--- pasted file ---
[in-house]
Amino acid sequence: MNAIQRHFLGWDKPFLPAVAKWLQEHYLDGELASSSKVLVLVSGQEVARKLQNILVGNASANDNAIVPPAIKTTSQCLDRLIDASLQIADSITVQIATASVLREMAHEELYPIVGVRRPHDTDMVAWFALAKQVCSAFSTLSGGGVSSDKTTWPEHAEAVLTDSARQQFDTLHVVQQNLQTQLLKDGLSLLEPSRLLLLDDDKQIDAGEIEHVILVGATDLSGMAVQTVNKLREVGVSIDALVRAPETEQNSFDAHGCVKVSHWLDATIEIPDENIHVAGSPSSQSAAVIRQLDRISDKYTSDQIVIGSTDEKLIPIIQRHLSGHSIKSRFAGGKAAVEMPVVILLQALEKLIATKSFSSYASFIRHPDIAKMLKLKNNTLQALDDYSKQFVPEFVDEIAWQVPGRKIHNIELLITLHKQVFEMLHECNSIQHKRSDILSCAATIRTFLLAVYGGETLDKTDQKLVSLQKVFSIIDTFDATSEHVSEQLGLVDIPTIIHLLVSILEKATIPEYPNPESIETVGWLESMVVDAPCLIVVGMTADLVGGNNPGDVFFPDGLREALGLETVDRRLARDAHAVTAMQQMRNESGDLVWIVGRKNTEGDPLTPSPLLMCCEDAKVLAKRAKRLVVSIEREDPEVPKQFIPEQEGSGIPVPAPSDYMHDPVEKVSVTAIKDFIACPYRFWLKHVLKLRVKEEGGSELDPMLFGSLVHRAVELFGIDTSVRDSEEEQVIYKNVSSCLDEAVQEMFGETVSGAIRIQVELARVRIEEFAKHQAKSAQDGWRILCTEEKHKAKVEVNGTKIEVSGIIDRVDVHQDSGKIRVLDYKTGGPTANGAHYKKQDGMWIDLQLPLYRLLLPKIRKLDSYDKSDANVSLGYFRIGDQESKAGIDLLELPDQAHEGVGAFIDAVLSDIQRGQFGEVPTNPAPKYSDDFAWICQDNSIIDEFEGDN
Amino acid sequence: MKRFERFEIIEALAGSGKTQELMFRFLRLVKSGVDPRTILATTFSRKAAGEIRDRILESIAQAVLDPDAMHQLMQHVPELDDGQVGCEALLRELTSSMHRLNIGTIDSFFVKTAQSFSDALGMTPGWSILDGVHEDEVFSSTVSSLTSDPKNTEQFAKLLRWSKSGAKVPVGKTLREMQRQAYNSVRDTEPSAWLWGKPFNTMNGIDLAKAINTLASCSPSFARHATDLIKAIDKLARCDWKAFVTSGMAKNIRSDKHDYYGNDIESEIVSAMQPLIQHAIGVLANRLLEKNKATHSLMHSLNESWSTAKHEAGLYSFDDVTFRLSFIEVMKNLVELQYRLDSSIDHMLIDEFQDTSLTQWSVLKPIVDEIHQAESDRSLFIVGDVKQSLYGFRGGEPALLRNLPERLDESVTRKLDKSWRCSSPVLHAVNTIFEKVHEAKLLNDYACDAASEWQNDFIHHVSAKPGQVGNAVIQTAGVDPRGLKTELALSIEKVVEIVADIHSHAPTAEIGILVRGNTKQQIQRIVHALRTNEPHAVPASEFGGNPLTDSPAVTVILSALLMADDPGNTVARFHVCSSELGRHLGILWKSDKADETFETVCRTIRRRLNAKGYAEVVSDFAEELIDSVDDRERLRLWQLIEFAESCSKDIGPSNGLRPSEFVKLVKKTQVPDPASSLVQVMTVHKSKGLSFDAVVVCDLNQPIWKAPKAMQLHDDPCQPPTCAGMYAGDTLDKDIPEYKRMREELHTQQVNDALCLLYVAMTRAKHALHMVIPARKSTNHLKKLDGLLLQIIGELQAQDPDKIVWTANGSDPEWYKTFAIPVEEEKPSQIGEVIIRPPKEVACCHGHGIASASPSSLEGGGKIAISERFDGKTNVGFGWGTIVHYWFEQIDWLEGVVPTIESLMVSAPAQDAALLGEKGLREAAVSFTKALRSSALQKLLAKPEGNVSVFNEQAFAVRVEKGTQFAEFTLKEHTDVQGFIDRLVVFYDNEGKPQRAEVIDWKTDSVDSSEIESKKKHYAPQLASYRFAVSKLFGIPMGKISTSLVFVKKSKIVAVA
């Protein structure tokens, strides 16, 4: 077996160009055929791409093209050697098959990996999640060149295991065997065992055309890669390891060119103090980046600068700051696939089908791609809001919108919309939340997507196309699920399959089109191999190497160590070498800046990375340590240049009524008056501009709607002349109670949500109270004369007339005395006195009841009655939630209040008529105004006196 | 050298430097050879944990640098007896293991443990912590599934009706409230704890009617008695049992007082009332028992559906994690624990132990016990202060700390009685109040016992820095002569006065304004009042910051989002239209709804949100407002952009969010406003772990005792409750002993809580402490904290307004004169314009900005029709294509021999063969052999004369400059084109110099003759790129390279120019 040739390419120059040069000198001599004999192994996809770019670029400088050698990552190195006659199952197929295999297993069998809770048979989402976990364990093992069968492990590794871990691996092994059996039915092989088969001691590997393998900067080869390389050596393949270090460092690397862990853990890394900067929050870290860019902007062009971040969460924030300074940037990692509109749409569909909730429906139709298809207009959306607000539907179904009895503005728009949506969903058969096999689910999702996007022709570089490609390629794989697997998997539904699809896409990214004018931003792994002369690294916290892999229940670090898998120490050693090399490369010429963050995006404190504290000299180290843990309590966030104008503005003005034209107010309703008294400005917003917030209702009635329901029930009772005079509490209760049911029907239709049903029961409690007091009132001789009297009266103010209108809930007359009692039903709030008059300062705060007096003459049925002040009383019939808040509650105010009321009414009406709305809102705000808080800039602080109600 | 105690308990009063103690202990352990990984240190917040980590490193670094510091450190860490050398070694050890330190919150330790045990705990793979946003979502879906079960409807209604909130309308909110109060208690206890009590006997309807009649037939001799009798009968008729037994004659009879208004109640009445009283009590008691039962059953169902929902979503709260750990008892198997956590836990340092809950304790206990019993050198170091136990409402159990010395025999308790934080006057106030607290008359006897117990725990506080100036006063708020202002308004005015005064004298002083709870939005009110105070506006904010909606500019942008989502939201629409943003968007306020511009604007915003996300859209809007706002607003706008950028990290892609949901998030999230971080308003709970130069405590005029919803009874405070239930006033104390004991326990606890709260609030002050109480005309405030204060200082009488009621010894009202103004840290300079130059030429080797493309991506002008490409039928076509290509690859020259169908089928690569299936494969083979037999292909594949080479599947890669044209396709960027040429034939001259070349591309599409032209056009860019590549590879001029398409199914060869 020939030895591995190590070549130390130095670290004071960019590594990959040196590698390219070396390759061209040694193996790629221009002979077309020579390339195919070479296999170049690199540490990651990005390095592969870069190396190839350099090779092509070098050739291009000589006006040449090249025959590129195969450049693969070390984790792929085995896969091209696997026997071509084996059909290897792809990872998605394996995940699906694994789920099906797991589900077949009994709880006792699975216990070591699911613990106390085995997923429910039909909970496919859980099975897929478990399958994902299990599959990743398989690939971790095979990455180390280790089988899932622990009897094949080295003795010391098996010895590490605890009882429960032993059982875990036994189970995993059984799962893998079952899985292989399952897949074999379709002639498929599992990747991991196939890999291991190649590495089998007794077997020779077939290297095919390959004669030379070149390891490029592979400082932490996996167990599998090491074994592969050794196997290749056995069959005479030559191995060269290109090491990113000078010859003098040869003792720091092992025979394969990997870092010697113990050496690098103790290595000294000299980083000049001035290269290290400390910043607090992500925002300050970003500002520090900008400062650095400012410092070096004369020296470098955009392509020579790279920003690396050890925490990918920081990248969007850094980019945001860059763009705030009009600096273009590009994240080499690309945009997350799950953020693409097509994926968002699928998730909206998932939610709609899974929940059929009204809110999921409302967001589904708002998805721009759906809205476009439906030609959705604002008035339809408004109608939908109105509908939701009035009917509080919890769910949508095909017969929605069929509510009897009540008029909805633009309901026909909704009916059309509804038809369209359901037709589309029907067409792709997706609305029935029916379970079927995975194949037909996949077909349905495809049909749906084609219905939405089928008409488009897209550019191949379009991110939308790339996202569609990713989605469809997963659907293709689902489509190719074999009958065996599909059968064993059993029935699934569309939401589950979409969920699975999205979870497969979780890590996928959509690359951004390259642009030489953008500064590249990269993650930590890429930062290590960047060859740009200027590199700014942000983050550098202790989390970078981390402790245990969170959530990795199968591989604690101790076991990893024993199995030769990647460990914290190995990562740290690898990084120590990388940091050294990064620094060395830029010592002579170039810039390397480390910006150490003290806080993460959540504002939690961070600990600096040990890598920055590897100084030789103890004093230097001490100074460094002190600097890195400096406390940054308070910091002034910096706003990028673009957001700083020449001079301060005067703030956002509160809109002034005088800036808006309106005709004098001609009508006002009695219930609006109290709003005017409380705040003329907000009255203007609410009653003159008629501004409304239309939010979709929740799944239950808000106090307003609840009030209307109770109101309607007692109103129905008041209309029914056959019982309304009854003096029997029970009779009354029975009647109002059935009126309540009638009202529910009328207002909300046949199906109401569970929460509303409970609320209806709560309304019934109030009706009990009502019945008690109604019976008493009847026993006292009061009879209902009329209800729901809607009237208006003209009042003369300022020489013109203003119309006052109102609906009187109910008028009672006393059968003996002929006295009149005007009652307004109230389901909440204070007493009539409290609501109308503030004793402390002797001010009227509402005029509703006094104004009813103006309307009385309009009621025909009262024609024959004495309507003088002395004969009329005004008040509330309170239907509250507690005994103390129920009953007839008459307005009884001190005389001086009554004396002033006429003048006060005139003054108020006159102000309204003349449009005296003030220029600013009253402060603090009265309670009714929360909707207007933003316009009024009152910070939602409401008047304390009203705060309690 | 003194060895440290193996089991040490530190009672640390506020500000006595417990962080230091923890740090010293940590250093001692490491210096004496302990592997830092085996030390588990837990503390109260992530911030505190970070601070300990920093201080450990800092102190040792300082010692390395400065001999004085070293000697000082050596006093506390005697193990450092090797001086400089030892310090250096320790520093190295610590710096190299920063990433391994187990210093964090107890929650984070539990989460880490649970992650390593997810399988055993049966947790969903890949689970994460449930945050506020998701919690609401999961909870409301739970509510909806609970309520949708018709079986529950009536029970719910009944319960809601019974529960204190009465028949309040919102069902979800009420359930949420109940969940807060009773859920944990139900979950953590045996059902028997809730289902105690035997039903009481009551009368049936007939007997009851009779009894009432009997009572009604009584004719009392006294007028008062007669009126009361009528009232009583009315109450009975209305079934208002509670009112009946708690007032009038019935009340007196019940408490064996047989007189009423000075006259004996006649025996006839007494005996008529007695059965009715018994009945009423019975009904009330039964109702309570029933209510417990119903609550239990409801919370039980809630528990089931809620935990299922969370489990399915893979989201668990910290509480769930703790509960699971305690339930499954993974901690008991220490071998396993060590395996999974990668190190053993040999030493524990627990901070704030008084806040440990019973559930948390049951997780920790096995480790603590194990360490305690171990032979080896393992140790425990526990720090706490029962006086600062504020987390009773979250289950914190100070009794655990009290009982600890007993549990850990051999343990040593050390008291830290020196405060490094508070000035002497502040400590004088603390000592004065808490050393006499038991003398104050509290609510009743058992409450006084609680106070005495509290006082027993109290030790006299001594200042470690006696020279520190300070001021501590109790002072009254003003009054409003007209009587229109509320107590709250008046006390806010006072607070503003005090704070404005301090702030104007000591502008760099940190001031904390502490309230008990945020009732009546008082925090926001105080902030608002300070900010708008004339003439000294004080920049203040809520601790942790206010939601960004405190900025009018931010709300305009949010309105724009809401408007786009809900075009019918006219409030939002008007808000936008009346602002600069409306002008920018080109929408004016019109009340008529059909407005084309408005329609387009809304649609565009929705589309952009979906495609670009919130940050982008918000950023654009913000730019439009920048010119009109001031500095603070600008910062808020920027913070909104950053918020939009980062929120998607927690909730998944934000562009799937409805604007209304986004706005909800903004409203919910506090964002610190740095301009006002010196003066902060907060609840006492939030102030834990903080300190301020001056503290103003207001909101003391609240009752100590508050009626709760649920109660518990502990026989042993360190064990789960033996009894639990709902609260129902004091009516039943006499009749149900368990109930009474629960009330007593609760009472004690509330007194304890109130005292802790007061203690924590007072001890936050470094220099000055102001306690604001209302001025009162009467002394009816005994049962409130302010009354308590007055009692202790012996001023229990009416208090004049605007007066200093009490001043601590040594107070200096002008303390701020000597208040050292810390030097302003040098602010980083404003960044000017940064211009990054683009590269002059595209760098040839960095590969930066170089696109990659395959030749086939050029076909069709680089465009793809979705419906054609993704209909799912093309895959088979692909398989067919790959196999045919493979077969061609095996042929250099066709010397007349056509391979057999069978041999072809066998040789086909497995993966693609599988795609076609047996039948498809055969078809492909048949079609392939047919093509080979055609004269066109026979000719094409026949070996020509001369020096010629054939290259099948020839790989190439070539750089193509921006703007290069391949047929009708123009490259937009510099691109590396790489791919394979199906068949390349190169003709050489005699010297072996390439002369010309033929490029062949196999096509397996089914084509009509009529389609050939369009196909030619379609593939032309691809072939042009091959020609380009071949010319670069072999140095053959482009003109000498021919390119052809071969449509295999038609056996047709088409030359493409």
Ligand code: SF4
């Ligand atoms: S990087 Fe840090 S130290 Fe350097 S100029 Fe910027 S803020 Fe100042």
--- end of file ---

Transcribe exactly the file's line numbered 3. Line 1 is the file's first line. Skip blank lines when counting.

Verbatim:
Amino acid sequence: MKRFERFEIIEALAGSGKTQELMFRFLRLVKSGVDPRTILATTFSRKAAGEIRDRILESIAQAVLDPDAMHQLMQHVPELDDGQVGCEALLRELTSSMHRLNIGTIDSFFVKTAQSFSDALGMTPGWSILDGVHEDEVFSSTVSSLTSDPKNTEQFAKLLRWSKSGAKVPVGKTLREMQRQAYNSVRDTEPSAWLWGKPFNTMNGIDLAKAINTLASCSPSFARHATDLIKAIDKLARCDWKAFVTSGMAKNIRSDKHDYYGNDIESEIVSAMQPLIQHAIGVLANRLLEKNKATHSLMHSLNESWSTAKHEAGLYSFDDVTFRLSFIEVMKNLVELQYRLDSSIDHMLIDEFQDTSLTQWSVLKPIVDEIHQAESDRSLFIVGDVKQSLYGFRGGEPALLRNLPERLDESVTRKLDKSWRCSSPVLHAVNTIFEKVHEAKLLNDYACDAASEWQNDFIHHVSAKPGQVGNAVIQTAGVDPRGLKTELALSIEKVVEIVADIHSHAPTAEIGILVRGNTKQQIQRIVHALRTNEPHAVPASEFGGNPLTDSPAVTVILSALLMADDPGNTVARFHVCSSELGRHLGILWKSDKADETFETVCRTIRRRLNAKGYAEVVSDFAEELIDSVDDRERLRLWQLIEFAESCSKDIGPSNGLRPSEFVKLVKKTQVPDPASSLVQVMTVHKSKGLSFDAVVVCDLNQPIWKAPKAMQLHDDPCQPPTCAGMYAGDTLDKDIPEYKRMREELHTQQVNDALCLLYVAMTRAKHALHMVIPARKSTNHLKKLDGLLLQIIGELQAQDPDKIVWTANGSDPEWYKTFAIPVEEEKPSQIGEVIIRPPKEVACCHGHGIASASPSSLEGGGKIAISERFDGKTNVGFGWGTIVHYWFEQIDWLEGVVPTIESLMVSAPAQDAALLGEKGLREAAVSFTKALRSSALQKLLAKPEGNVSVFNEQAFAVRVEKGTQFAEFTLKEHTDVQGFIDRLVVFYDNEGKPQRAEVIDWKTDSVDSSEIESKKKHYAPQLASYRFAVSKLFGIPMGKISTSLVFVKKSKIVAVA